Alternatives and improvisation for dating during COVID-19 — Sonoma State Star | #tinder | #pof

Since many bars and clubs are closed, people like Daniel Ahmadizadeh are getting creative. Ahmadizadeh’s new texting app, called Quarantine Together, is where “Users receive a text message at 6 p.m. each evening asking if they’ve washed their hands; if they reply “yes” they are matched with another user for a 30-minute private conversation.” 

On Sunday, Michelle Obama tweeted, “you can’t Tinder your way into a long-term relationship” under a picture of her and President Barack Obama for their 28 year anniversary.  The responses begged to differ, and many people posted pictures of their spouses they met off of Tinder.

Popular dating apps such as Tinder and Bumble have hit a milestone already during Covid-19. For example, Tinder recorded its highest single day of swiping along with Bumble acquiring 100 million users.  Manny Fidel told the Business Insider, “Since the Coronavirus was deemed a pandemic, online dating has taken off. Messaging on Hinge increased 30%, and Tinder saw its biggest day ever on March 29, with over 3 billion swipes.” 

Some new modifications include Tinder and Hinge now having a “date from home” feature, allowing two-way video chat when both parties have agreed. In March, users of Tinder received a popup message about safety precautions during the pandemic. The dating app, League, now has something called “League Live,” a live video speed dating platform.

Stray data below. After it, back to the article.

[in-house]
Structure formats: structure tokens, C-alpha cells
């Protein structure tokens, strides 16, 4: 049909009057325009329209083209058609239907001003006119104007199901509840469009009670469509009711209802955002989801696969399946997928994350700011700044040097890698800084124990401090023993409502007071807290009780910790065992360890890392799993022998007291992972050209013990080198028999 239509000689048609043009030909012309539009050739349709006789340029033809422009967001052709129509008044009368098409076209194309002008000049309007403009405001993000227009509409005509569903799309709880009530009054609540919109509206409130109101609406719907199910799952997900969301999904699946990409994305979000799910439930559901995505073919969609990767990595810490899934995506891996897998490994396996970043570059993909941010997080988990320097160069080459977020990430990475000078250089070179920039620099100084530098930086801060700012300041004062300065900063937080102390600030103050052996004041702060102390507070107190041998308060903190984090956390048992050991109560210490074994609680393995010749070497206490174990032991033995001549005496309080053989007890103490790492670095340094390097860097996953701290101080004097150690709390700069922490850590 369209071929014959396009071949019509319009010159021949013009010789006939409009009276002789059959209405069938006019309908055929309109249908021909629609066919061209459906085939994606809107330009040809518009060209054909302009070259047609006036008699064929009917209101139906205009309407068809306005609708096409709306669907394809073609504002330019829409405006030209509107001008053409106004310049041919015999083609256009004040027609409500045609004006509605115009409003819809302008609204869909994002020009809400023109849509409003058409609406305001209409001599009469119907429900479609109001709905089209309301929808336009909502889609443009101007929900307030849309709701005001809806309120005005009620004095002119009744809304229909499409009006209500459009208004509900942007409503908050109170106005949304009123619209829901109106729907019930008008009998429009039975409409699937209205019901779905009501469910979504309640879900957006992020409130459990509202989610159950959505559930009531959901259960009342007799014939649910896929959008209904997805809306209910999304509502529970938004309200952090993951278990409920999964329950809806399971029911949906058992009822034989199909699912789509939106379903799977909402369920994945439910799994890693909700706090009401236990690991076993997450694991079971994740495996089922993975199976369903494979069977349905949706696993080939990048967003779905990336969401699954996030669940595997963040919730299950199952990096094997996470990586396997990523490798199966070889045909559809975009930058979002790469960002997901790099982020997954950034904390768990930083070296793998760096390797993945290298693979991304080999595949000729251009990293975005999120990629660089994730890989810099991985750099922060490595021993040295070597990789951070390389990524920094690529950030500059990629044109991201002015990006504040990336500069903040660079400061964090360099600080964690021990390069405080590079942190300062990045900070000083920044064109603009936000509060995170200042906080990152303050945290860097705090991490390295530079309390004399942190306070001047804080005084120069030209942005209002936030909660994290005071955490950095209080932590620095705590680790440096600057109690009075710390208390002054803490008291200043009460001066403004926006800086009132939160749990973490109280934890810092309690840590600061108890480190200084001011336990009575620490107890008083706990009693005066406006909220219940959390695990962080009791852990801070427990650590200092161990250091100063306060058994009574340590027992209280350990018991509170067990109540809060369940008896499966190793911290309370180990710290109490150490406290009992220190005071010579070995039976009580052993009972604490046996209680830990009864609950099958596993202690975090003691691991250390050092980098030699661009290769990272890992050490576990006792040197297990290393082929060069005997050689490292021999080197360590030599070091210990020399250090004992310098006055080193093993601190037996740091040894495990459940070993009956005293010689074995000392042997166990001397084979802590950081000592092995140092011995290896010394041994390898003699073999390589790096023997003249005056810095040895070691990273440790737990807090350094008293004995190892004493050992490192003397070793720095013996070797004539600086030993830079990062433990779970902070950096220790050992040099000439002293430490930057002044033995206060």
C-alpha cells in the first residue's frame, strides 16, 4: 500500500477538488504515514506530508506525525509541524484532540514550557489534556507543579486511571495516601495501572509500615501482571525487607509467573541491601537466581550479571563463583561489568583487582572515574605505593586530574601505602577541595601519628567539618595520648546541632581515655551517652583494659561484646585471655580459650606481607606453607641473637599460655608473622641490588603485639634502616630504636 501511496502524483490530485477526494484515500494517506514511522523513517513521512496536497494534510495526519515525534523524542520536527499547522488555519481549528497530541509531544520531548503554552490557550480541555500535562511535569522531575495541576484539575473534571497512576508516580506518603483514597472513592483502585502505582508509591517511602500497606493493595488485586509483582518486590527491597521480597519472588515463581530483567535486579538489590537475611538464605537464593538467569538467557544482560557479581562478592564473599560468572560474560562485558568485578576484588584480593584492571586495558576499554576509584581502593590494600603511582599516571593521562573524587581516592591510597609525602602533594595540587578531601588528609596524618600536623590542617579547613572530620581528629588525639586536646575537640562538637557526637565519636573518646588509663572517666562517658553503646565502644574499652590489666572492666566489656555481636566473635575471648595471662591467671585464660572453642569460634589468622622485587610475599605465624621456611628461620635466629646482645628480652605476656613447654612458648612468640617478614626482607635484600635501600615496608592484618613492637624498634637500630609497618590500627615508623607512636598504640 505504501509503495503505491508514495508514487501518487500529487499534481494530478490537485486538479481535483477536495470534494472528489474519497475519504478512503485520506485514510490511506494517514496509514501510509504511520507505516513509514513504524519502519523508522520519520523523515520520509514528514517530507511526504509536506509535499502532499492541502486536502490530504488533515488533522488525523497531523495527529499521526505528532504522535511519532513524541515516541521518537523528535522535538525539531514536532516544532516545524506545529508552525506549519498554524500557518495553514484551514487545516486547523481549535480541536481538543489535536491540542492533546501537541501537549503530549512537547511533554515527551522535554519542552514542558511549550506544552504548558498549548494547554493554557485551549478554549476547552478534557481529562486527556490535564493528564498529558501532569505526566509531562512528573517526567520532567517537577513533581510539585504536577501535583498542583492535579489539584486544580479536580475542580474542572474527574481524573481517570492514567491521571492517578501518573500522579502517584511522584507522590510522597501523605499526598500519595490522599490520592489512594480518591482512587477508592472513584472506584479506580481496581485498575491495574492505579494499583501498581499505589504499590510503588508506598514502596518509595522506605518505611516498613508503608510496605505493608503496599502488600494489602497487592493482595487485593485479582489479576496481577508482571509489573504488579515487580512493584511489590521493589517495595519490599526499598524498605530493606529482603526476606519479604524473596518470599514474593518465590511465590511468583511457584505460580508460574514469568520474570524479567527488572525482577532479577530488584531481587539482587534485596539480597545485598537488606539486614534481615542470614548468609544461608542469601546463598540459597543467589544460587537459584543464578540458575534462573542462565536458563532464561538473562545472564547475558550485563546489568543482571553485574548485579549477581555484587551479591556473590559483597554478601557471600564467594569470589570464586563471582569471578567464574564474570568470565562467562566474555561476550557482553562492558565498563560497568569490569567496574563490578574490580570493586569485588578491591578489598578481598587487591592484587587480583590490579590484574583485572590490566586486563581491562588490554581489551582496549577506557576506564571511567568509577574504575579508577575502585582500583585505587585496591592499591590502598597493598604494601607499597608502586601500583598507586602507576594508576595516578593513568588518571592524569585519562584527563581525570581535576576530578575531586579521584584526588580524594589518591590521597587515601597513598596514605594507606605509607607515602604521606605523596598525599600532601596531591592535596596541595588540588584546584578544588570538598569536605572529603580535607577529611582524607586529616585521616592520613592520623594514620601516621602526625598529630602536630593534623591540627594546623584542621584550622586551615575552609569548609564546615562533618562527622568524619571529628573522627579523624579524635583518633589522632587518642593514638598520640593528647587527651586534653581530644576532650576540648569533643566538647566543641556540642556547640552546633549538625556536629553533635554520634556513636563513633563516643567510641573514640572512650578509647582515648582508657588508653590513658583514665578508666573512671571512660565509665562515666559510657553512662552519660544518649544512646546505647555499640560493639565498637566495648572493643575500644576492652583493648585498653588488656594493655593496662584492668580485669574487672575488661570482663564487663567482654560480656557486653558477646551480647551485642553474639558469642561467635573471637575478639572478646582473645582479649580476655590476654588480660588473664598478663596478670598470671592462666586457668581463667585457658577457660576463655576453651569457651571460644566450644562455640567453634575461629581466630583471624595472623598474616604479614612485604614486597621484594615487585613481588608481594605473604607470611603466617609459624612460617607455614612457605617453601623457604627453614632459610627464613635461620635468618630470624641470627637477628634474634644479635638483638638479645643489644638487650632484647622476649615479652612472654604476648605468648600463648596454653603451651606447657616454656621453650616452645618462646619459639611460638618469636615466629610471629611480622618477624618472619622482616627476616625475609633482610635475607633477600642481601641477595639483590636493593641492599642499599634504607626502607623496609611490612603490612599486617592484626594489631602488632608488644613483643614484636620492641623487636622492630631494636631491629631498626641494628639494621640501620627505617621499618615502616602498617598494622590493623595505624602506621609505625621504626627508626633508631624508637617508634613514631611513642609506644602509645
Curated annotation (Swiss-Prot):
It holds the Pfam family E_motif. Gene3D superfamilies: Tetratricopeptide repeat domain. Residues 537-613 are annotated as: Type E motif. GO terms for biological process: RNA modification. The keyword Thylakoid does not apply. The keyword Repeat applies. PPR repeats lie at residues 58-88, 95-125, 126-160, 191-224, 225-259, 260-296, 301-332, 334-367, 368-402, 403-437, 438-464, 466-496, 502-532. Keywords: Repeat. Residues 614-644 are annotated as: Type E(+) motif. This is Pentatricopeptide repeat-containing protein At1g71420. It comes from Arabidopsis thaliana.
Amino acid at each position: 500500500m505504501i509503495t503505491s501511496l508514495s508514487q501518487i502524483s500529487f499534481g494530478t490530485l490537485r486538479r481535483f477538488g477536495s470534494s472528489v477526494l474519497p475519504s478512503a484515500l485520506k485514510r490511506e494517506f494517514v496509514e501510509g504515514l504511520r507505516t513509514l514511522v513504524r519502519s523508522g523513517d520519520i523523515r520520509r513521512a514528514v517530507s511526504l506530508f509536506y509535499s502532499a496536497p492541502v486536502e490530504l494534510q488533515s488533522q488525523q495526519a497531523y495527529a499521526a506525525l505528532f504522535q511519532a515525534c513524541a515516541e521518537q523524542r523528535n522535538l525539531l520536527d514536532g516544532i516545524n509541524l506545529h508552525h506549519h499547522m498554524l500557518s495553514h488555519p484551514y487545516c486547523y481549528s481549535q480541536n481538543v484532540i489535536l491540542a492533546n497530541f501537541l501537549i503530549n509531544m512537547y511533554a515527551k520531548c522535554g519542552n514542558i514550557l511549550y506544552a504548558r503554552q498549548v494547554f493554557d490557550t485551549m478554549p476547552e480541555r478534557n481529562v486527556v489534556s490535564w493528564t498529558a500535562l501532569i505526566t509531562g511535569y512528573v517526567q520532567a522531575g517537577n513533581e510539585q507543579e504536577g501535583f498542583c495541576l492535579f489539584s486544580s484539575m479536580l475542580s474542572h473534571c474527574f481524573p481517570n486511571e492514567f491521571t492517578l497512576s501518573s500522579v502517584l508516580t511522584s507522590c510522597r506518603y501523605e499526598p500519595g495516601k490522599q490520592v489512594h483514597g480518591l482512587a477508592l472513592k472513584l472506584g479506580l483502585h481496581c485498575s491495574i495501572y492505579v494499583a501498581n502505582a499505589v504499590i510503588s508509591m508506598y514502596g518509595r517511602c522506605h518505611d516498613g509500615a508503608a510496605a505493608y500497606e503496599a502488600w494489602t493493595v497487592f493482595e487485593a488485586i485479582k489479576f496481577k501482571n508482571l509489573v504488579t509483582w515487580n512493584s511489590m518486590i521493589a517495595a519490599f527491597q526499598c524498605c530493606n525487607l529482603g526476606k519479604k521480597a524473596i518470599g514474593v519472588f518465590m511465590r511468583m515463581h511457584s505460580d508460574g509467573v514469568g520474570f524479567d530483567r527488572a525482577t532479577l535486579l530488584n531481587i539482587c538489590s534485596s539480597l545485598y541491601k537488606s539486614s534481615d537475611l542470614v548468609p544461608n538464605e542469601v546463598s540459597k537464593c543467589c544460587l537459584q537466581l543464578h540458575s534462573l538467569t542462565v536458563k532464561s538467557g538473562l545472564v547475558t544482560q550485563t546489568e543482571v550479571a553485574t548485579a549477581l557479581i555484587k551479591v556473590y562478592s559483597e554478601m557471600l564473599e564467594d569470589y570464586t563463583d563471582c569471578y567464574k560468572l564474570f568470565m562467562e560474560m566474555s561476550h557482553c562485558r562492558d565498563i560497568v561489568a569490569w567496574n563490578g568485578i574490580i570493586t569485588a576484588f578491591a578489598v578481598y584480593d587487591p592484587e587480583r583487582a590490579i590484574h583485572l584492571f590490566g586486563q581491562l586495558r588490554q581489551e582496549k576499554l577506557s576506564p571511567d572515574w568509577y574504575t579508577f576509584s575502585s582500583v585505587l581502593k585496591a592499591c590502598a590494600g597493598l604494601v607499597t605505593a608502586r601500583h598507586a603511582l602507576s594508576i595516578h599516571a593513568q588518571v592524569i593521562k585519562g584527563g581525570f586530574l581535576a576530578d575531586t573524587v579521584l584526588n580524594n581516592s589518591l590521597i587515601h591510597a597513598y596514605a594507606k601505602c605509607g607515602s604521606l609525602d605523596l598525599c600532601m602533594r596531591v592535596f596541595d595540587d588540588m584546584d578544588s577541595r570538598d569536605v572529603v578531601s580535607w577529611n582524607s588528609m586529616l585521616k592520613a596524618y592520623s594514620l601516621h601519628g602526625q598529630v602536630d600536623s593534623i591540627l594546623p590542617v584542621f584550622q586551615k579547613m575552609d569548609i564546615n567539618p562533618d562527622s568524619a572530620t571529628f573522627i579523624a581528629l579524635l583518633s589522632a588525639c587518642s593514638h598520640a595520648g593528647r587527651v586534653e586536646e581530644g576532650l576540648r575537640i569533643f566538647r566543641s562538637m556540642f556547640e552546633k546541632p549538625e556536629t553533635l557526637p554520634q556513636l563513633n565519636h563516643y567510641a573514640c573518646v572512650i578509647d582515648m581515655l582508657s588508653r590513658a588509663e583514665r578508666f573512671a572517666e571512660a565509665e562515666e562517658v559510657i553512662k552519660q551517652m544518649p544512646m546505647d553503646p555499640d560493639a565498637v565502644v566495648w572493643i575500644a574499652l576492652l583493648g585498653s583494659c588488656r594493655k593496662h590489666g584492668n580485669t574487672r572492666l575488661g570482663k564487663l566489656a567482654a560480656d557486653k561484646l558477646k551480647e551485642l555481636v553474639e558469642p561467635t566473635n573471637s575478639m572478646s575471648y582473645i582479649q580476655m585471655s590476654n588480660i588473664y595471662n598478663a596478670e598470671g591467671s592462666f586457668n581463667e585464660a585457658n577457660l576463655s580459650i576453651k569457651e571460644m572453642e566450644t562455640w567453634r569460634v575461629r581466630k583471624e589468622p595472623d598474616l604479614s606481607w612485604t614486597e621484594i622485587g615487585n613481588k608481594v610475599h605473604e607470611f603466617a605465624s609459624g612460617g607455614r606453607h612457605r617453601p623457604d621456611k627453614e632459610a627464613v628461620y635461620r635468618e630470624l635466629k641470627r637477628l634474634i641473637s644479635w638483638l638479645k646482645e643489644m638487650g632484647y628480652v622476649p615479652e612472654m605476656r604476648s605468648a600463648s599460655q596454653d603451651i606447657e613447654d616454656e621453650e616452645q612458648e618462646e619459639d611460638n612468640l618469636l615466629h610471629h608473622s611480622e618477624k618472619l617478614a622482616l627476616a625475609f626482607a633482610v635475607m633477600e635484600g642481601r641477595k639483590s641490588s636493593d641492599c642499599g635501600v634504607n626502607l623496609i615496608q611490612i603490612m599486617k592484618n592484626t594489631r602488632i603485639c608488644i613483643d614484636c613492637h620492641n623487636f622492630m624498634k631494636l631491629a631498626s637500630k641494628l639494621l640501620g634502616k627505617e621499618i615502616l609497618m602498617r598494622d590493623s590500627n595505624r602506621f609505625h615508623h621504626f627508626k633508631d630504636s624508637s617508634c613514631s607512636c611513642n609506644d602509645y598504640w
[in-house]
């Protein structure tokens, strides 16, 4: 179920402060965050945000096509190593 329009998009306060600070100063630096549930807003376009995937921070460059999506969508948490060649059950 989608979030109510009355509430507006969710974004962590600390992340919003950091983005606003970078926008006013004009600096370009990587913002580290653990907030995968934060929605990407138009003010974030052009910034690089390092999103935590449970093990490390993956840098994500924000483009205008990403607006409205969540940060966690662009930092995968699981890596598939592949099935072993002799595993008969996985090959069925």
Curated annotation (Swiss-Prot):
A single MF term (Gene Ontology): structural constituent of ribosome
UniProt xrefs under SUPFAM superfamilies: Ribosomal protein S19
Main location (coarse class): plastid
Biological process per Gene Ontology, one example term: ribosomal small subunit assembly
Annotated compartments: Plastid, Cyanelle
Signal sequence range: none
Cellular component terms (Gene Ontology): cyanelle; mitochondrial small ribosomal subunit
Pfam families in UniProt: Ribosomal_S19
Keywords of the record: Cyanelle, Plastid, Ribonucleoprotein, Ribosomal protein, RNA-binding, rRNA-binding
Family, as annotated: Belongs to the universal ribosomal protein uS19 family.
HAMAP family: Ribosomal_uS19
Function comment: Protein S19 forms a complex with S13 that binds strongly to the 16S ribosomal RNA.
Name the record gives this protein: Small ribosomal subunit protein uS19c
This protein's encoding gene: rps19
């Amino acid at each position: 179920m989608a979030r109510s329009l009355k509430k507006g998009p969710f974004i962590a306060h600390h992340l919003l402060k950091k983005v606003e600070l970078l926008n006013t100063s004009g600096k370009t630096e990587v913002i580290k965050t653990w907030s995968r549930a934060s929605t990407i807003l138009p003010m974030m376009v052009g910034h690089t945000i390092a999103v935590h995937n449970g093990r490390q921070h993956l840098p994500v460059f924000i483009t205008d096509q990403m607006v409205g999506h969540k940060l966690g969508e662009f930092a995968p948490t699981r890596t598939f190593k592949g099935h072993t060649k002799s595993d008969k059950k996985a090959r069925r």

With lockdown being the new norm, many people turn to online dating apps to find a romantic relationship. Having a relationship start from online dating can be healthy because it eliminates the fear of hookups or insecurities of physical appearances and focuses on common interests. Some downsides could be poor communication skills via the phone or possibly losing interest in one another. 

Though, it may be a perfect time to join a dating app as these unprecedented times can help build strong relationships. As we live during such a disruptive and frightening time, it is a perfect way to share vulnerability, fears, be transparent, and share real feelings.

Now the question is, “How do we date during Covid-19?” The Washington Post has some advice for us as to date in new ways during Covid-19. They suggest that users be patient, make virtual dates unique, and have deep and direct conversations. By the sounds of it, dating during Covid-19 is more like courting and leaves out the pressure of sexual intimacy.  If one has health risks, social distancing dates are always a possibility. CNBC spoke on how online dating reduces the logistics of going on dates. There is no pressure to figure out a location, dinner, or drinks, who’s going to split the bill, or what will happen after the date. 

The circumstances of the virus have forever changed the dating world, and while some may think for the worse, others think it changed for the better. Evidence shows that users are getting deeper and most satisfying talk rather than shallow conversations during this time of fear. 


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